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Who stands for social justice?


I feel obliged to point out that recent claims by the local Labour party in your publication simply do not correspond with the actions of their national party.

The current Labour health secretary Andy Burnham said in June, “Labour believes the private sector has a role to play in delivering world-class care to patients.” The last Labour government expanded the role of the private sector in the health service and Gordon Brown saddled health trusts with decades of financially burdensome contracts under his dreadful private finance initiatives. NHS privatisation will no doubt continue under a Labour government.

Ed Miliband and Ed Balls have explicitly ruled out taking the railways back into public hands.

Regarding benefits and getting people out of poverty, Labour has pledged to match the current government’s austerity programme. Labour has yet to commit to a living wage for all and has steered clear of wealth taxes on the super-rich.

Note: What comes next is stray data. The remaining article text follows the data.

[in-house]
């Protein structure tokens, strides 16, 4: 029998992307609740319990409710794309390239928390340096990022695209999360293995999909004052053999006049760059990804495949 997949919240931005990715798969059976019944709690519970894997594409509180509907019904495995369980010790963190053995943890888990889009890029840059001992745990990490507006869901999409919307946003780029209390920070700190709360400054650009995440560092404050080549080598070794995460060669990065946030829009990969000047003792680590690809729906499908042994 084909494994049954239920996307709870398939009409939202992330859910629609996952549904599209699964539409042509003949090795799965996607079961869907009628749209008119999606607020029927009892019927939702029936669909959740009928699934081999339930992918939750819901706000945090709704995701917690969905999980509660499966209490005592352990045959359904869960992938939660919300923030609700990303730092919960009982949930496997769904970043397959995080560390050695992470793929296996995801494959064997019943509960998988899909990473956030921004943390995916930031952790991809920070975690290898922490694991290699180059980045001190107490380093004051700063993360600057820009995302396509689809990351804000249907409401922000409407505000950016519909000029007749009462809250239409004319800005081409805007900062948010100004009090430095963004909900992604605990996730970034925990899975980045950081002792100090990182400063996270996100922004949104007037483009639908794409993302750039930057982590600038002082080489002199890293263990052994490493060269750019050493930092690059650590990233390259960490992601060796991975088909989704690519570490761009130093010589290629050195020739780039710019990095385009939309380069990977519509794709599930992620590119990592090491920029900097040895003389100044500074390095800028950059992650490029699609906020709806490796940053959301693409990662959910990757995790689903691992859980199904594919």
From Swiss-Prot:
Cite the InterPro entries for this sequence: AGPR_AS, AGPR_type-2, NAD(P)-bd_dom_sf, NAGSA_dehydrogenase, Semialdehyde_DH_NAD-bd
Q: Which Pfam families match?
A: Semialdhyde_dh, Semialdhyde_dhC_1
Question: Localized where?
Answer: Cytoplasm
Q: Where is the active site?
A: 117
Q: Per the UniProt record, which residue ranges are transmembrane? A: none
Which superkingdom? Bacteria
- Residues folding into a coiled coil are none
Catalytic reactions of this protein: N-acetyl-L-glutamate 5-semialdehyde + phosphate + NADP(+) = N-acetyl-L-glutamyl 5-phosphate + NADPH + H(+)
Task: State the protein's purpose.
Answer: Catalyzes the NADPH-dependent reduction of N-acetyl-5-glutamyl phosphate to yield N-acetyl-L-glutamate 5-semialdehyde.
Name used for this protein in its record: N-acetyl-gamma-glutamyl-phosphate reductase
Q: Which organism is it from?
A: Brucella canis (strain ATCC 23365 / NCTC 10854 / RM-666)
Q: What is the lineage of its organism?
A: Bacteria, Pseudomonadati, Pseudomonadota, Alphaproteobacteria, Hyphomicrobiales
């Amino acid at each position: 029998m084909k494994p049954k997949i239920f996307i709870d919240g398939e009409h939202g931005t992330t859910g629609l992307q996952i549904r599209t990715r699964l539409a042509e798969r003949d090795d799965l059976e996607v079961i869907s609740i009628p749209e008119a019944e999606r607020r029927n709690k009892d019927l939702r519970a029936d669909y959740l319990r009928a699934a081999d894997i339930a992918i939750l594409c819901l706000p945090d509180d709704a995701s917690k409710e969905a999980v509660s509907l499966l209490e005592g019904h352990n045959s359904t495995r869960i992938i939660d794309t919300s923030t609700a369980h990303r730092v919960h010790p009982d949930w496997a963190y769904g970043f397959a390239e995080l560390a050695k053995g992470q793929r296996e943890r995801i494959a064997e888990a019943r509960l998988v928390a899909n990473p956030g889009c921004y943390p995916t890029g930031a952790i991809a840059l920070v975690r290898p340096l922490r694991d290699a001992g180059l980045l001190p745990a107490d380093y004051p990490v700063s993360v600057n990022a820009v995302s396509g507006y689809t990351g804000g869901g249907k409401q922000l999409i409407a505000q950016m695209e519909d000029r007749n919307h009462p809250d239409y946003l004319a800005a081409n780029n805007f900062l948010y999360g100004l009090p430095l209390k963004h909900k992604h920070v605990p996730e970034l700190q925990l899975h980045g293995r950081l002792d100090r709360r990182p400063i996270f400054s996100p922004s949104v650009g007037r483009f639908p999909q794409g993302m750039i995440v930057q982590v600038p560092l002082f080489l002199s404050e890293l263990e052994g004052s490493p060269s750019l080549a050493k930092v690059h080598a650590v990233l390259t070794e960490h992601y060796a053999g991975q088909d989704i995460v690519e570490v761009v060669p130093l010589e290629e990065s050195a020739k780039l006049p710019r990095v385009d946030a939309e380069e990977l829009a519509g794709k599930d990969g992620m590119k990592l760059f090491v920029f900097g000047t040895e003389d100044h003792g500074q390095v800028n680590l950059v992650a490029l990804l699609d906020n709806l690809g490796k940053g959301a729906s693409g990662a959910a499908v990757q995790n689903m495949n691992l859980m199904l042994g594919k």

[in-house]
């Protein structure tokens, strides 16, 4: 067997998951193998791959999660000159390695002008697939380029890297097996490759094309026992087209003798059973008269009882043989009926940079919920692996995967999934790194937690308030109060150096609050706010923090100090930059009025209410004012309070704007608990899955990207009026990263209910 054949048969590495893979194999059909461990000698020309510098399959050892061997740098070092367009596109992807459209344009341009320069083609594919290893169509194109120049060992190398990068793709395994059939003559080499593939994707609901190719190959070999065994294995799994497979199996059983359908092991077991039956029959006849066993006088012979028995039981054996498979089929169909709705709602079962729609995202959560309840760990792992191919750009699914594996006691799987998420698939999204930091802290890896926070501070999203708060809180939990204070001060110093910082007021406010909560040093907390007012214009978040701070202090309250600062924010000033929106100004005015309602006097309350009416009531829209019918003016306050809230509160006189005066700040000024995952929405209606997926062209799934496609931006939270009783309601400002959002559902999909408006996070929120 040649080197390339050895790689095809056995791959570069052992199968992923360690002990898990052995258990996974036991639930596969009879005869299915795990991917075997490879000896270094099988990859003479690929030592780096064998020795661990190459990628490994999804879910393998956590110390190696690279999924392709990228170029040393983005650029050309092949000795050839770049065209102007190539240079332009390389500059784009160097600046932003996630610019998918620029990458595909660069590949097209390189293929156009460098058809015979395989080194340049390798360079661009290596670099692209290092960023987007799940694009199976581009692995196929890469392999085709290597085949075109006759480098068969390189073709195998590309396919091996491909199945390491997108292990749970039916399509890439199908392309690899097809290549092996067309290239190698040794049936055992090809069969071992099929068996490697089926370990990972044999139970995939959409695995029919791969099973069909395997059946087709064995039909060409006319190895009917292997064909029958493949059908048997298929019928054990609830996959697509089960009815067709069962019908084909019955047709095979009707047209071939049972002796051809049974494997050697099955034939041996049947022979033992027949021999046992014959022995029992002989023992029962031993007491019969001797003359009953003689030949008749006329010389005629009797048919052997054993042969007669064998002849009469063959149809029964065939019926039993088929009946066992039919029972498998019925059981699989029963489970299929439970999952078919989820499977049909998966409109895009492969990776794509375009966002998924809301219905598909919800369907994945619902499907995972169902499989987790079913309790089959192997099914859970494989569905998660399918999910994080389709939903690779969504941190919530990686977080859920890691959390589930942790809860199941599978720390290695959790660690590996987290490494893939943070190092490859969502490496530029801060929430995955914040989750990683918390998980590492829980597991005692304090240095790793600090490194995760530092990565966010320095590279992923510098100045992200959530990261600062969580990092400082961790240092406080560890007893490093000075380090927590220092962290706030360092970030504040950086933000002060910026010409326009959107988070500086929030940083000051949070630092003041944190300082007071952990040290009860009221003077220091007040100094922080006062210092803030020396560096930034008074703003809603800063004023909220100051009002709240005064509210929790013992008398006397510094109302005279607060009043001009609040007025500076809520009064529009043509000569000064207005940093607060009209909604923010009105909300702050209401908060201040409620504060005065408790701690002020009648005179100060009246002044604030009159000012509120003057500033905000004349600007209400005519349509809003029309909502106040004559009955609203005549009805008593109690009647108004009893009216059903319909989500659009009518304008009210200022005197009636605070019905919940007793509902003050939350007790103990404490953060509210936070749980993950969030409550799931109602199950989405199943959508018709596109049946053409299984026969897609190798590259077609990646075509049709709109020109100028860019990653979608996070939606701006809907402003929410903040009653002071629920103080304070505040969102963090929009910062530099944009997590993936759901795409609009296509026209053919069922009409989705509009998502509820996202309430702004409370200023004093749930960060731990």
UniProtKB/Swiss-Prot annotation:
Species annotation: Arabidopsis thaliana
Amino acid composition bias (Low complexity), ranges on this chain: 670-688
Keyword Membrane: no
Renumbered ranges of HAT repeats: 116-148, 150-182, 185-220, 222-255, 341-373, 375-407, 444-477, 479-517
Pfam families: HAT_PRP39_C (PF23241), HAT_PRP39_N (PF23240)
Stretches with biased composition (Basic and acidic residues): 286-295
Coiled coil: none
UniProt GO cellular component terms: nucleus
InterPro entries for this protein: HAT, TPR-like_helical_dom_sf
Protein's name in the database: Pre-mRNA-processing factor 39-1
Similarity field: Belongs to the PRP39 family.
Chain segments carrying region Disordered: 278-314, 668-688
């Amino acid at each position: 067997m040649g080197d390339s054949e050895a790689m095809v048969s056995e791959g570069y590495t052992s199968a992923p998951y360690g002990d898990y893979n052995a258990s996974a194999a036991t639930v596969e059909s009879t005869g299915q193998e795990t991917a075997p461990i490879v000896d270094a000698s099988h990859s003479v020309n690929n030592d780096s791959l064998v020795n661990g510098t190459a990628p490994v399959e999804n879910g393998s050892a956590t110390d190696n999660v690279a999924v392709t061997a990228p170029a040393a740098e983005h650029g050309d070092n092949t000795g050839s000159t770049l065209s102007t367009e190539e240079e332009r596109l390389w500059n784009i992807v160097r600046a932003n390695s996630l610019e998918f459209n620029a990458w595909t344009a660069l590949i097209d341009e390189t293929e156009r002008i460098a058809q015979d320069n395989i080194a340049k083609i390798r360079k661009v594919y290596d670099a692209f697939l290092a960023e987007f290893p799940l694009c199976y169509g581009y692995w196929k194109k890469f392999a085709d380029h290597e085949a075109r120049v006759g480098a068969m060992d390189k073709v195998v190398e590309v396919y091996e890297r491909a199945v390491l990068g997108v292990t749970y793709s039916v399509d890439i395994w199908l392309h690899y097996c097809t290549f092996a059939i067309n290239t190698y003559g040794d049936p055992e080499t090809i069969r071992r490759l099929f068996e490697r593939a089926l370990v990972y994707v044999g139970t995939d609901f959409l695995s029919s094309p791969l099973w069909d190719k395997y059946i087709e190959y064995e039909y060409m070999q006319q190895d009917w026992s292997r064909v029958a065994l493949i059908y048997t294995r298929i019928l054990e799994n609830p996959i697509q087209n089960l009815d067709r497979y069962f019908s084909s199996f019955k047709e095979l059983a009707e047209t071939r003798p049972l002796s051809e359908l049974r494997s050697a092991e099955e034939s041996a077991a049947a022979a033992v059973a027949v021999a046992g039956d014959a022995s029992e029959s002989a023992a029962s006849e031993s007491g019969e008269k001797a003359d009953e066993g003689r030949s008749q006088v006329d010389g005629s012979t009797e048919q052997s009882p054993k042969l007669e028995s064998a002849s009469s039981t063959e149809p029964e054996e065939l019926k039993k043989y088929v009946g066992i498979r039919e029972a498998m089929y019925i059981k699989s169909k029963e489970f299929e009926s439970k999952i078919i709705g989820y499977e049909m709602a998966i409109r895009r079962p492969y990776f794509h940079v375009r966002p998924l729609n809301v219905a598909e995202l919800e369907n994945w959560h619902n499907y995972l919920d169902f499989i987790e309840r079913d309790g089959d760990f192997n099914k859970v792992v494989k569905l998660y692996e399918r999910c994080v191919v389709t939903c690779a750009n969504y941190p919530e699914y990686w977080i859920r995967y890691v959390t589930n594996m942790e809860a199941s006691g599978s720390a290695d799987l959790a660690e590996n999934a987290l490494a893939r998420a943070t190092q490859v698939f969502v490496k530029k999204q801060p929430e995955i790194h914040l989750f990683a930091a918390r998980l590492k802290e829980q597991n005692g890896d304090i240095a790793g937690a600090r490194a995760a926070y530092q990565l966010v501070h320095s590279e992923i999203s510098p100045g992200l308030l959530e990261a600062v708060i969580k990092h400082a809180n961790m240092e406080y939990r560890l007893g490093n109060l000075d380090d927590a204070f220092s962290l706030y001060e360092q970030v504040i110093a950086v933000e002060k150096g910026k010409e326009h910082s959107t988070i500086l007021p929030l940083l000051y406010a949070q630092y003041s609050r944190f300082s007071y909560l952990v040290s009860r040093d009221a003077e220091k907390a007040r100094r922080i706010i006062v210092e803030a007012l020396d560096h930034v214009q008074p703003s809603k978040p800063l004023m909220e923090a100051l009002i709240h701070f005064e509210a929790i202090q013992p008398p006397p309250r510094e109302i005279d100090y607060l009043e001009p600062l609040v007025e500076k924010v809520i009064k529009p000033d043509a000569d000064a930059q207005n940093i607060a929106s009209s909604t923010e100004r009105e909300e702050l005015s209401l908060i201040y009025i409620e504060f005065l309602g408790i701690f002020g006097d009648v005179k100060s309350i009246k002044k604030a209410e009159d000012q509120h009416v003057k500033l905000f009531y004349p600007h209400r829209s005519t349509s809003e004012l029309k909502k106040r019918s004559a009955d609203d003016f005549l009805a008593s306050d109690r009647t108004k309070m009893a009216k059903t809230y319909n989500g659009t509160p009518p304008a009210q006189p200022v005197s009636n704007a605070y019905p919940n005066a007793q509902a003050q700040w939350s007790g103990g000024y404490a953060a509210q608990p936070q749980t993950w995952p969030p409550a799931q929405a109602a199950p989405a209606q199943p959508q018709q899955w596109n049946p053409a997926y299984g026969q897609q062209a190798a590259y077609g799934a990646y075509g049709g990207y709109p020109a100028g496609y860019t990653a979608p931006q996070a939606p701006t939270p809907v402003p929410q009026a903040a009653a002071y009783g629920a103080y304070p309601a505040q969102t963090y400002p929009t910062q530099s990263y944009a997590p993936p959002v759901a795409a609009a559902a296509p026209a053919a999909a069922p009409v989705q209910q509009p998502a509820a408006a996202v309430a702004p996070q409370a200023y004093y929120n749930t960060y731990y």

Labour launched the divisive academies program, and Michael Gove’s free schools were merely an expansion of them.

Ed Miliband has opposed every strike that has been legitimately called by trade unions since he was elected leader, including fire-fighters, Tube workers and most recently public sector workers and teachers.

While local Labour activists are doubtless sincere, they are profoundly at odds with the national Labour Party, which shows no sign of delivering social justice. Anyone looking for a pro-NHS, pro-workers, pro-comprehensive schools, re-nationalising set of compassionate policies might want to try the Green Party instead.


Carol Kambites